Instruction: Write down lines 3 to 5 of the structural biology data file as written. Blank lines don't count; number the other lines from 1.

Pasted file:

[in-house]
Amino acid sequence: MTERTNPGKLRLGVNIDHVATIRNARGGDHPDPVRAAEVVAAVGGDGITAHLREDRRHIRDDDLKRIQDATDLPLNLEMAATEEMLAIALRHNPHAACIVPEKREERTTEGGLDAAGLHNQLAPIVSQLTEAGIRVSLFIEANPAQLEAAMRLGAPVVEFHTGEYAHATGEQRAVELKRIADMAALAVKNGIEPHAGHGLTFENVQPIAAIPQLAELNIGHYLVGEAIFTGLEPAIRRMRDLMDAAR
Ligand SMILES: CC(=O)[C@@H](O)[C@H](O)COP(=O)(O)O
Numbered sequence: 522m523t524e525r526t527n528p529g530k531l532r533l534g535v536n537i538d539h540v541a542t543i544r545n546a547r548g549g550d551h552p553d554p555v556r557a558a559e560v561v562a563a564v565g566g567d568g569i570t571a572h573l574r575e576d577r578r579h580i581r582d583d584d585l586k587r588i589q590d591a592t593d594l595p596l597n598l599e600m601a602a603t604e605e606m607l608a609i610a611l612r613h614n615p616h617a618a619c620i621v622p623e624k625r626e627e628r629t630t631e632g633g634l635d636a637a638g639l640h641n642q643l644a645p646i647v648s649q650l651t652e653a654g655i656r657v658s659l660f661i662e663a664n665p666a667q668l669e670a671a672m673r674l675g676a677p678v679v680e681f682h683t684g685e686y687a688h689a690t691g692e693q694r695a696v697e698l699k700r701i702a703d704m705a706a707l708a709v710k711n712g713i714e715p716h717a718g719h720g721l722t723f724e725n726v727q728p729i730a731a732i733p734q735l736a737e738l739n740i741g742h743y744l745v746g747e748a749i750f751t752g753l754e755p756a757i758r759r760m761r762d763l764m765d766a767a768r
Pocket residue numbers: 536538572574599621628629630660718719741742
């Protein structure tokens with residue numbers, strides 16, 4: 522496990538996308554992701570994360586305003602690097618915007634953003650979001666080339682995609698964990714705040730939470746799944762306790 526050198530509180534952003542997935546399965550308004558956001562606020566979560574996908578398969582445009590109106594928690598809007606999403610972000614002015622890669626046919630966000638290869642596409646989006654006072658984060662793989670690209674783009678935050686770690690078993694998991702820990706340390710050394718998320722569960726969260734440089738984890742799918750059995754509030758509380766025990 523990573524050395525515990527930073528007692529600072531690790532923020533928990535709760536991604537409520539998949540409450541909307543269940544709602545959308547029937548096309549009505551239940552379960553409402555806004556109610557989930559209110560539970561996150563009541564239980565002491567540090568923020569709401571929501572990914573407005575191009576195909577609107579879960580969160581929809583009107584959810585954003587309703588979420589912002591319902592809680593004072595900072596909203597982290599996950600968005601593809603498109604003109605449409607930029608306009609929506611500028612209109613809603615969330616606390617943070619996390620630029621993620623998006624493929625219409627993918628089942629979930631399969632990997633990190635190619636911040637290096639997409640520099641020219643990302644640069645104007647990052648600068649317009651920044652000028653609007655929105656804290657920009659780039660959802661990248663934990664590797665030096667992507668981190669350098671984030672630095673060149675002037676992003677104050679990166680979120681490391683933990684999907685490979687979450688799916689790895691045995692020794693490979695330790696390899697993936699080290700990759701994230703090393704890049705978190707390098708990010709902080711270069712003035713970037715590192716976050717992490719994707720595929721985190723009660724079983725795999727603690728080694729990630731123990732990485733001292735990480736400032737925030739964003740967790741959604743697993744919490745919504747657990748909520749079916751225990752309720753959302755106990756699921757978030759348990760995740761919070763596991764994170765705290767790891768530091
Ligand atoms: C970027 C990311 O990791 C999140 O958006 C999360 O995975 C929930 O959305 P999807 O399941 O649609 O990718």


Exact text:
Ligand SMILES: CC(=O)[C@@H](O)[C@H](O)COP(=O)(O)O
Numbered sequence: 522m523t524e525r526t527n528p529g530k531l532r533l534g535v536n537i538d539h540v541a542t543i544r545n546a547r548g549g550d551h552p553d554p555v556r557a558a559e560v561v562a563a564v565g566g567d568g569i570t571a572h573l574r575e576d577r578r579h580i581r582d583d584d585l586k587r588i589q590d591a592t593d594l595p596l597n598l599e600m601a602a603t604e605e606m607l608a609i610a611l612r613h614n615p616h617a618a619c620i621v622p623e624k625r626e627e628r629t630t631e632g633g634l635d636a637a638g639l640h641n642q643l644a645p646i647v648s649q650l651t652e653a654g655i656r657v658s659l660f661i662e663a664n665p666a667q668l669e670a671a672m673r674l675g676a677p678v679v680e681f682h683t684g685e686y687a688h689a690t691g692e693q694r695a696v697e698l699k700r701i702a703d704m705a706a707l708a709v710k711n712g713i714e715p716h717a718g719h720g721l722t723f724e725n726v727q728p729i730a731a732i733p734q735l736a737e738l739n740i741g742h743y744l745v746g747e748a749i750f751t752g753l754e755p756a757i758r759r760m761r762d763l764m765d766a767a768r
Pocket residue numbers: 536538572574599621628629630660718719741742